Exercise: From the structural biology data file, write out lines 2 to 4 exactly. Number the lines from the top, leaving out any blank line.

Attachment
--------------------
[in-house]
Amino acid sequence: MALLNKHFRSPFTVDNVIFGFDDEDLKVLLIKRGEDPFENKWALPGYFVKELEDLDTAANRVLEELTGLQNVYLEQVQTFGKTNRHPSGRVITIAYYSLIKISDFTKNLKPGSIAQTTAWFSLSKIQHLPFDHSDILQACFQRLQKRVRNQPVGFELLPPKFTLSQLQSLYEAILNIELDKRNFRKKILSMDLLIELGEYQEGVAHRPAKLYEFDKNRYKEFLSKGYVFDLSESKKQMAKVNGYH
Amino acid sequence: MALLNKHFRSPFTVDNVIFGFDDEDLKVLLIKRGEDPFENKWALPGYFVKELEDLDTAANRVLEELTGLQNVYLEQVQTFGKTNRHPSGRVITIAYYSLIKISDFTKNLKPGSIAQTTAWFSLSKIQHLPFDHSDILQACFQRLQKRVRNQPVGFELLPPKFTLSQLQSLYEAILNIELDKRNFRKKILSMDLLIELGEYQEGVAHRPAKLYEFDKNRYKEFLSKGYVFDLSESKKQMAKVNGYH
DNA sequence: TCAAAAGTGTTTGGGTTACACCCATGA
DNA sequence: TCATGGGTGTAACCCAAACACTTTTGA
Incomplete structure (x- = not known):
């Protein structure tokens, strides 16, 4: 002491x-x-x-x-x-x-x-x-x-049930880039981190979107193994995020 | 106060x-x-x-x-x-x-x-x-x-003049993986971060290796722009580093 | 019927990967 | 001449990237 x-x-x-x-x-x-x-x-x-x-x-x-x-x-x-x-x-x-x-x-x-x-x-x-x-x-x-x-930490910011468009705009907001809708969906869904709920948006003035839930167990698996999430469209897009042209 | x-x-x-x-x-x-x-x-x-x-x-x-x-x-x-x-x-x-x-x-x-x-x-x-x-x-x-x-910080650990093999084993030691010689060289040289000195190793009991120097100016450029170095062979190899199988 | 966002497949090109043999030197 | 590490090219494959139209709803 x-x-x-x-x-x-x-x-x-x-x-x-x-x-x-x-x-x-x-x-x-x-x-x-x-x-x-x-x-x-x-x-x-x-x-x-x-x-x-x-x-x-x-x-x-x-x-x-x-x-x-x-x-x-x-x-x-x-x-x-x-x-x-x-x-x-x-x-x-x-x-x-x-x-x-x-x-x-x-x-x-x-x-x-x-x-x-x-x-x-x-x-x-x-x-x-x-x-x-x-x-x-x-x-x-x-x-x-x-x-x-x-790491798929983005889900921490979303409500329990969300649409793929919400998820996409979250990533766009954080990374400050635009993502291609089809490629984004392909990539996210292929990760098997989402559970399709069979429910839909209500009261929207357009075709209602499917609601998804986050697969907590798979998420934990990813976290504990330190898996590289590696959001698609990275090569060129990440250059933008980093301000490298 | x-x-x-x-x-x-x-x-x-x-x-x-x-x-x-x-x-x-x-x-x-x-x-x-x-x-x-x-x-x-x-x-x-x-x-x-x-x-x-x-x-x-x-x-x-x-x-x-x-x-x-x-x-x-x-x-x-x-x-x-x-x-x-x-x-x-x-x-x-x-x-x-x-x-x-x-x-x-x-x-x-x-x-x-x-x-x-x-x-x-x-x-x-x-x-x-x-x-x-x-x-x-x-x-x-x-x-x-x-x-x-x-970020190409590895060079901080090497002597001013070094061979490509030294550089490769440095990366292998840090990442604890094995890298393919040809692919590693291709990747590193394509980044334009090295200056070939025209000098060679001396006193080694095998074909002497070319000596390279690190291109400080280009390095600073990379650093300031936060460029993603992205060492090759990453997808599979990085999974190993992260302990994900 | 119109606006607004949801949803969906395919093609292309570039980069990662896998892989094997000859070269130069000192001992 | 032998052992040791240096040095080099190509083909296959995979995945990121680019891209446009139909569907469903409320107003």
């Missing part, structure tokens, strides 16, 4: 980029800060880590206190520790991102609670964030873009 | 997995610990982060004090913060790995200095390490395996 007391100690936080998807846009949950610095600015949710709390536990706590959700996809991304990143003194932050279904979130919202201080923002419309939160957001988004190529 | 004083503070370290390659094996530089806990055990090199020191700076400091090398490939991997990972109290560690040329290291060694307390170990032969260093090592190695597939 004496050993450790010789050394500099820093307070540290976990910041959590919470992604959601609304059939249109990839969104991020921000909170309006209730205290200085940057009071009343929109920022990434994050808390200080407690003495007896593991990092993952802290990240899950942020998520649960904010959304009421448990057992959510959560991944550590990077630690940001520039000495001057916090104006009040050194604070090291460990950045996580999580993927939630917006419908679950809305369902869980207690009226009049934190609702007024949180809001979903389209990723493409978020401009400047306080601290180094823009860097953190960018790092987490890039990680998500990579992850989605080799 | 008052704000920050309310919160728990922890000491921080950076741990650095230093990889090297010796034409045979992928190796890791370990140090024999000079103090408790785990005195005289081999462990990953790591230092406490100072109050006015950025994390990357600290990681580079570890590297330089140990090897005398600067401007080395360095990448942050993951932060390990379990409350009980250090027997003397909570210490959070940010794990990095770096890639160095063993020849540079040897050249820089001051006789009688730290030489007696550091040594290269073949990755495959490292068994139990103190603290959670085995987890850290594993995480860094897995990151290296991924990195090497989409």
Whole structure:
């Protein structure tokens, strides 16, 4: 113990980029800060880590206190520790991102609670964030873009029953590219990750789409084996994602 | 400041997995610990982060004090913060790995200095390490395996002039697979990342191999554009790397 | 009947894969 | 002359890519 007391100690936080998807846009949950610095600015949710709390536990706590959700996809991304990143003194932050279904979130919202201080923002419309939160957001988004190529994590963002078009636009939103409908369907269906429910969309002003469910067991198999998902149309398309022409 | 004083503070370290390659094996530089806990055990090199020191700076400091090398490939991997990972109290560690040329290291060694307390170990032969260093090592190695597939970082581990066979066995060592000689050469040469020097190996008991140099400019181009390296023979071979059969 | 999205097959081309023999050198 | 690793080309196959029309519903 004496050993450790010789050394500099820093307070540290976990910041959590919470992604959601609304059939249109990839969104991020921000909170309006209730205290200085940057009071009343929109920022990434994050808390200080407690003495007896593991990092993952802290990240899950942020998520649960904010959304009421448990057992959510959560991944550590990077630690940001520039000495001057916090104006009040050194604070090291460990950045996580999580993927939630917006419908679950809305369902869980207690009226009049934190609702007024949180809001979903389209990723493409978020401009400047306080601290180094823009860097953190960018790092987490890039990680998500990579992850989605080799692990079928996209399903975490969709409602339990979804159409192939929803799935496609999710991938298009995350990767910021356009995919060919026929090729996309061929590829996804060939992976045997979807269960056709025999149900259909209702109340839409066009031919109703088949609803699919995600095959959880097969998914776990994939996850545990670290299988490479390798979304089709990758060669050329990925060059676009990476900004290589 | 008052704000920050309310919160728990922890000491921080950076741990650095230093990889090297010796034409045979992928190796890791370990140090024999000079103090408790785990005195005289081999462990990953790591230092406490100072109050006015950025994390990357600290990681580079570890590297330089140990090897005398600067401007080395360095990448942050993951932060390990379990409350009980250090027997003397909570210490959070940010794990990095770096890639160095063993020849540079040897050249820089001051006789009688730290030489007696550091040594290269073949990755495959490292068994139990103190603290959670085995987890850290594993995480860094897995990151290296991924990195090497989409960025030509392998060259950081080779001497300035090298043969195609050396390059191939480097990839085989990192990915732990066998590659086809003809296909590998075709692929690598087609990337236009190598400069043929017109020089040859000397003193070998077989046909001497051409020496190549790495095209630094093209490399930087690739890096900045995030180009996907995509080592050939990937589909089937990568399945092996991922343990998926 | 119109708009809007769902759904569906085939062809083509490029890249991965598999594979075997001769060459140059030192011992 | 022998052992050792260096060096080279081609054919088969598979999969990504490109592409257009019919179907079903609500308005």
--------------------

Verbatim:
Amino acid sequence: MALLNKHFRSPFTVDNVIFGFDDEDLKVLLIKRGEDPFENKWALPGYFVKELEDLDTAANRVLEELTGLQNVYLEQVQTFGKTNRHPSGRVITIAYYSLIKISDFTKNLKPGSIAQTTAWFSLSKIQHLPFDHSDILQACFQRLQKRVRNQPVGFELLPPKFTLSQLQSLYEAILNIELDKRNFRKKILSMDLLIELGEYQEGVAHRPAKLYEFDKNRYKEFLSKGYVFDLSESKKQMAKVNGYH
Amino acid sequence: MALLNKHFRSPFTVDNVIFGFDDEDLKVLLIKRGEDPFENKWALPGYFVKELEDLDTAANRVLEELTGLQNVYLEQVQTFGKTNRHPSGRVITIAYYSLIKISDFTKNLKPGSIAQTTAWFSLSKIQHLPFDHSDILQACFQRLQKRVRNQPVGFELLPPKFTLSQLQSLYEAILNIELDKRNFRKKILSMDLLIELGEYQEGVAHRPAKLYEFDKNRYKEFLSKGYVFDLSESKKQMAKVNGYH
DNA sequence: TCAAAAGTGTTTGGGTTACACCCATGA